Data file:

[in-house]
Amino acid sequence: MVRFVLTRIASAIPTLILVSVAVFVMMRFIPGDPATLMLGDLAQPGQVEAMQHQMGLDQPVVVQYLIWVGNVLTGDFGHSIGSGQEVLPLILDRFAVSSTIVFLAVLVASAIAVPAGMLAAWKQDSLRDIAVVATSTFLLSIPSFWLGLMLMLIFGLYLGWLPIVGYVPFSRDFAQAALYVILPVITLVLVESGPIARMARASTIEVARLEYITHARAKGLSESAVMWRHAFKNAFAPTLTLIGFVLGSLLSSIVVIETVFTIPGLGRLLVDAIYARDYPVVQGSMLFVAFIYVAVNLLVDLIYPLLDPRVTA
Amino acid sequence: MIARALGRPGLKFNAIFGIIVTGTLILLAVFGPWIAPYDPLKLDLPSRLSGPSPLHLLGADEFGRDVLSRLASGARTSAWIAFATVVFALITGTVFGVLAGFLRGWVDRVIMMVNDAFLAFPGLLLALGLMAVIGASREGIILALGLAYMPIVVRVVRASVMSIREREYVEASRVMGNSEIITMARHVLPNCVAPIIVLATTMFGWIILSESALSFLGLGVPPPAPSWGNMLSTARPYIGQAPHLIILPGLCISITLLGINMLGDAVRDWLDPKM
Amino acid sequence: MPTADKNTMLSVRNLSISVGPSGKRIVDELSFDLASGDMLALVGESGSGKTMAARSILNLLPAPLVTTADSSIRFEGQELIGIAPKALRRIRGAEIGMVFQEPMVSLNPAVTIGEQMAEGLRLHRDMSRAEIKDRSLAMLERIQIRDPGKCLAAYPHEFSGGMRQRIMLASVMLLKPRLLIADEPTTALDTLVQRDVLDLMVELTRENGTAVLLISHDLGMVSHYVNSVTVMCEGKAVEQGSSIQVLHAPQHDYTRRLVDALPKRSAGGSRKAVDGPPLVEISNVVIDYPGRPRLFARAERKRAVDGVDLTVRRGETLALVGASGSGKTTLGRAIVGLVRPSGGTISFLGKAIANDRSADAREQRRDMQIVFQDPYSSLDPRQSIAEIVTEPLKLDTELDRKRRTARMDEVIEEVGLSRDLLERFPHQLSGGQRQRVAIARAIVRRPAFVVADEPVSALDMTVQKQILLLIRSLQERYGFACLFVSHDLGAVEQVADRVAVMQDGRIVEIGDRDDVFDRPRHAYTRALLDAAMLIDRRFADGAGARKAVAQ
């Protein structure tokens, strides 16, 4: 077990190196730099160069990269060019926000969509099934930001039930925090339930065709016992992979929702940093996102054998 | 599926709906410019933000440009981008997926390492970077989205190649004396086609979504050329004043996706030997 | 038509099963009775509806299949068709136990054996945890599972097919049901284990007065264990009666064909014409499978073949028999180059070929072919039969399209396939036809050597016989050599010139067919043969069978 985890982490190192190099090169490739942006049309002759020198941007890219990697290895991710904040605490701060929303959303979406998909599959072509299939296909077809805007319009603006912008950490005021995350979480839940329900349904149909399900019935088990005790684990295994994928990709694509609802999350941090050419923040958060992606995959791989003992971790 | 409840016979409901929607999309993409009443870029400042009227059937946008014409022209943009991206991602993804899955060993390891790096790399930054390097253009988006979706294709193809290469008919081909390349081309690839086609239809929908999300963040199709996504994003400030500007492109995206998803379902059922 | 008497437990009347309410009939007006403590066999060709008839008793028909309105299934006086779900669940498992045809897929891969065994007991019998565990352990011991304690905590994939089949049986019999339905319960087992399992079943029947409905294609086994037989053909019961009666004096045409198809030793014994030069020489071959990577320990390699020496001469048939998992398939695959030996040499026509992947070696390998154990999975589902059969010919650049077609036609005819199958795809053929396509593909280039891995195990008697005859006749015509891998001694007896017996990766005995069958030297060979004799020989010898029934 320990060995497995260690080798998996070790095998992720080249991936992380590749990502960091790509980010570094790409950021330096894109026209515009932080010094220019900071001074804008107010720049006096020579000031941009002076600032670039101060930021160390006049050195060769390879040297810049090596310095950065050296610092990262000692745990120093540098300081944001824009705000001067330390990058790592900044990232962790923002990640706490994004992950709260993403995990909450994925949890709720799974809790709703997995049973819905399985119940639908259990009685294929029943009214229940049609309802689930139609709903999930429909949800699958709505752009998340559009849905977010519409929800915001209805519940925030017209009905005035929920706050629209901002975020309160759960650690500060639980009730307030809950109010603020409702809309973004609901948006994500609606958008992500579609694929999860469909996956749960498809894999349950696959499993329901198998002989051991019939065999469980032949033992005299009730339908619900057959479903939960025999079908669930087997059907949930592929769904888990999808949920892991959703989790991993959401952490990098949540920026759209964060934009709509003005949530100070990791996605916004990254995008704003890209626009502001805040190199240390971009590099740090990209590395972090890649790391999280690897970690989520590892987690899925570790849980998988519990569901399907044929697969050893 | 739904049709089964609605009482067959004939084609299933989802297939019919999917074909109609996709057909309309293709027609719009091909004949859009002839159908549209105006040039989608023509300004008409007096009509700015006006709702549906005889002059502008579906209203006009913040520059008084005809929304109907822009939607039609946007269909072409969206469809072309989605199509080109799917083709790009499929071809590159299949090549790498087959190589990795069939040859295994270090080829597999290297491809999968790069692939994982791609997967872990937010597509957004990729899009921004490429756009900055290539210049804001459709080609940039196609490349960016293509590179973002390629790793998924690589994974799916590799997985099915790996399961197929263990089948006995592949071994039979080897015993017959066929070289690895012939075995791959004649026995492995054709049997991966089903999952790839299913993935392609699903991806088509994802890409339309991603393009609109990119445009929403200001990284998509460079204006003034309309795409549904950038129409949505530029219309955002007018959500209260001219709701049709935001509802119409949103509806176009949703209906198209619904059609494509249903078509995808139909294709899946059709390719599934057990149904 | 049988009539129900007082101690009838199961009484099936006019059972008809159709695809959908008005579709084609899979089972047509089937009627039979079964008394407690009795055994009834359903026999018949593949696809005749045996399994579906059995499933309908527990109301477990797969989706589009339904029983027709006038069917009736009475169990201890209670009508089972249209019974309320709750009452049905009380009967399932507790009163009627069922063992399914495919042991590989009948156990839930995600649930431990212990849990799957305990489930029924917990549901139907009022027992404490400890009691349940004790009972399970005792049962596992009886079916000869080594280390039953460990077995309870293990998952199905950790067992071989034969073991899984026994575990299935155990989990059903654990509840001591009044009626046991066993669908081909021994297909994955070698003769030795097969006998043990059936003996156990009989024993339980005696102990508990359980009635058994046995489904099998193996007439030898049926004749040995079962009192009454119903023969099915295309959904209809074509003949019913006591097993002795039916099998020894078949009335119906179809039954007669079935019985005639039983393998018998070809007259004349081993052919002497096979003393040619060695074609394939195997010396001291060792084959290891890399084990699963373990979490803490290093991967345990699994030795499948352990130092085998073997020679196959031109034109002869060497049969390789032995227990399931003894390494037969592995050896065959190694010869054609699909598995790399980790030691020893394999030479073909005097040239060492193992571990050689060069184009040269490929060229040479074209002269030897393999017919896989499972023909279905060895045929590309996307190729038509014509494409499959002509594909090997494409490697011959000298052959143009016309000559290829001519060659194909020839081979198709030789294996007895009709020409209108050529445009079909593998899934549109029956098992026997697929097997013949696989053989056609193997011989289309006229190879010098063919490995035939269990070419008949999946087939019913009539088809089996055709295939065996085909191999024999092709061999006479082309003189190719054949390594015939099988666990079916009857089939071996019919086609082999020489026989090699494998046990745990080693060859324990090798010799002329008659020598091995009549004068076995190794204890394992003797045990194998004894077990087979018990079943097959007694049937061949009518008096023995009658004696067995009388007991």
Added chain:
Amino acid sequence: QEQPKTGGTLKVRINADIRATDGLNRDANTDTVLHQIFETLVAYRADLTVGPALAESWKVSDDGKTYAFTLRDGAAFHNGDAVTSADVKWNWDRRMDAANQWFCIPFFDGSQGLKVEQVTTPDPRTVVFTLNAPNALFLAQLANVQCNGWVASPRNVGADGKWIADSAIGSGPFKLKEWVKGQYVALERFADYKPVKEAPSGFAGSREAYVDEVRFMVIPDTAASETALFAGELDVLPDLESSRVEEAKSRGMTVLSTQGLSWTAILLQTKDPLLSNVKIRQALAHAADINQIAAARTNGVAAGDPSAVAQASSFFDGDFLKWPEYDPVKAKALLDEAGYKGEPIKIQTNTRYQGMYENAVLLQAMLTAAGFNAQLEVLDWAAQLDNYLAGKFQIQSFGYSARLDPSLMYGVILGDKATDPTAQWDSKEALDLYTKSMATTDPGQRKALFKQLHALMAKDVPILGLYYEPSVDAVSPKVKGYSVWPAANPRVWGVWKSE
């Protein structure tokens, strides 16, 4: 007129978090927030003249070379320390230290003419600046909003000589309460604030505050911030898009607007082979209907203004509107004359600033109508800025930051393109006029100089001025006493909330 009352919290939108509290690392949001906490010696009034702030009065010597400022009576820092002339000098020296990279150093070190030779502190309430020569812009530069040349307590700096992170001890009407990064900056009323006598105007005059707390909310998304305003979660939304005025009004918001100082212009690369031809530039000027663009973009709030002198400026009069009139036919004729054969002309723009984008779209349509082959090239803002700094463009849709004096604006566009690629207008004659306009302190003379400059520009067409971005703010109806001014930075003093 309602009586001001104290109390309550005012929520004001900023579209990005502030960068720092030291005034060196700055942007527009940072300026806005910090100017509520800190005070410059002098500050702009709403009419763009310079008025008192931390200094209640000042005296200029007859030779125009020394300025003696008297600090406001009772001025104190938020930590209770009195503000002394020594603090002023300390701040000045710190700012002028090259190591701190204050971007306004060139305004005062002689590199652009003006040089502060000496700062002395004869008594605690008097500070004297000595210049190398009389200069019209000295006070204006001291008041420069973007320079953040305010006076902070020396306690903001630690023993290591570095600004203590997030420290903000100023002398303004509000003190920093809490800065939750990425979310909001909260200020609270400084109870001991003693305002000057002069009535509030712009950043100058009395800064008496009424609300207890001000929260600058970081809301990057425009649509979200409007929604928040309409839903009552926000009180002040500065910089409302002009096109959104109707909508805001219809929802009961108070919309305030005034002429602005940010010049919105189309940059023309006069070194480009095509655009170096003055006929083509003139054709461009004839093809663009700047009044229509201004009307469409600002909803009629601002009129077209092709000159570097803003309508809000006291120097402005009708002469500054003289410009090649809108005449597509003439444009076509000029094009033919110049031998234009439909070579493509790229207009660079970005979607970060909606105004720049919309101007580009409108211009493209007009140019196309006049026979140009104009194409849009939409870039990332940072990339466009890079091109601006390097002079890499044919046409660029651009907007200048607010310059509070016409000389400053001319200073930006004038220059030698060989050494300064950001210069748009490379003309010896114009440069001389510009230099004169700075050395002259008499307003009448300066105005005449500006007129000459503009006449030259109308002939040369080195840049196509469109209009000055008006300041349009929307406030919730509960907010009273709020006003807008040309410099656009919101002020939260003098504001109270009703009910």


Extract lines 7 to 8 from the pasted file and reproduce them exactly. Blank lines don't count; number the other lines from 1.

Amino acid sequence: QEQPKTGGTLKVRINADIRATDGLNRDANTDTVLHQIFETLVAYRADLTVGPALAESWKVSDDGKTYAFTLRDGAAFHNGDAVTSADVKWNWDRRMDAANQWFCIPFFDGSQGLKVEQVTTPDPRTVVFTLNAPNALFLAQLANVQCNGWVASPRNVGADGKWIADSAIGSGPFKLKEWVKGQYVALERFADYKPVKEAPSGFAGSREAYVDEVRFMVIPDTAASETALFAGELDVLPDLESSRVEEAKSRGMTVLSTQGLSWTAILLQTKDPLLSNVKIRQALAHAADINQIAAARTNGVAAGDPSAVAQASSFFDGDFLKWPEYDPVKAKALLDEAGYKGEPIKIQTNTRYQGMYENAVLLQAMLTAAGFNAQLEVLDWAAQLDNYLAGKFQIQSFGYSARLDPSLMYGVILGDKATDPTAQWDSKEALDLYTKSMATTDPGQRKALFKQLHALMAKDVPILGLYYEPSVDAVSPKVKGYSVWPAANPRVWGVWKSE
């Protein structure tokens, strides 16, 4: 007129978090927030003249070379320390230290003419600046909003000589309460604030505050911030898009607007082979209907203004509107004359600033109508800025930051393109006029100089001025006493909330 009352919290939108509290690392949001906490010696009034702030009065010597400022009576820092002339000098020296990279150093070190030779502190309430020569812009530069040349307590700096992170001890009407990064900056009323006598105007005059707390909310998304305003979660939304005025009004918001100082212009690369031809530039000027663009973009709030002198400026009069009139036919004729054969002309723009984008779209349509082959090239803002700094463009849709004096604006566009690629207008004659306009302190003379400059520009067409971005703010109806001014930075003093 309602009586001001104290109390309550005012929520004001900023579209990005502030960068720092030291005034060196700055942007527009940072300026806005910090100017509520800190005070410059002098500050702009709403009419763009310079008025008192931390200094209640000042005296200029007859030779125009020394300025003696008297600090406001009772001025104190938020930590209770009195503000002394020594603090002023300390701040000045710190700012002028090259190591701190204050971007306004060139305004005062002689590199652009003006040089502060000496700062002395004869008594605690008097500070004297000595210049190398009389200069019209000295006070204006001291008041420069973007320079953040305010006076902070020396306690903001630690023993290591570095600004203590997030420290903000100023002398303004509000003190920093809490800065939750990425979310909001909260200020609270400084109870001991003693305002000057002069009535509030712009950043100058009395800064008496009424609300207890001000929260600058970081809301990057425009649509979200409007929604928040309409839903009552926000009180002040500065910089409302002009096109959104109707909508805001219809929802009961108070919309305030005034002429602005940010010049919105189309940059023309006069070194480009095509655009170096003055006929083509003139054709461009004839093809663009700047009044229509201004009307469409600002909803009629601002009129077209092709000159570097803003309508809000006291120097402005009708002469500054003289410009090649809108005449597509003439444009076509000029094009033919110049031998234009439909070579493509790229207009660079970005979607970060909606105004720049919309101007580009409108211009493209007009140019196309006049026979140009104009194409849009939409870039990332940072990339466009890079091109601006390097002079890499044919046409660029651009907007200048607010310059509070016409000389400053001319200073930006004038220059030698060989050494300064950001210069748009490379003309010896114009440069001389510009230099004169700075050395002259008499307003009448300066105005005449500006007129000459503009006449030259109308002939040369080195840049196509469109209009000055008006300041349009929307406030919730509960907010009273709020006003807008040309410099656009919101002020939260003098504001109270009703009910």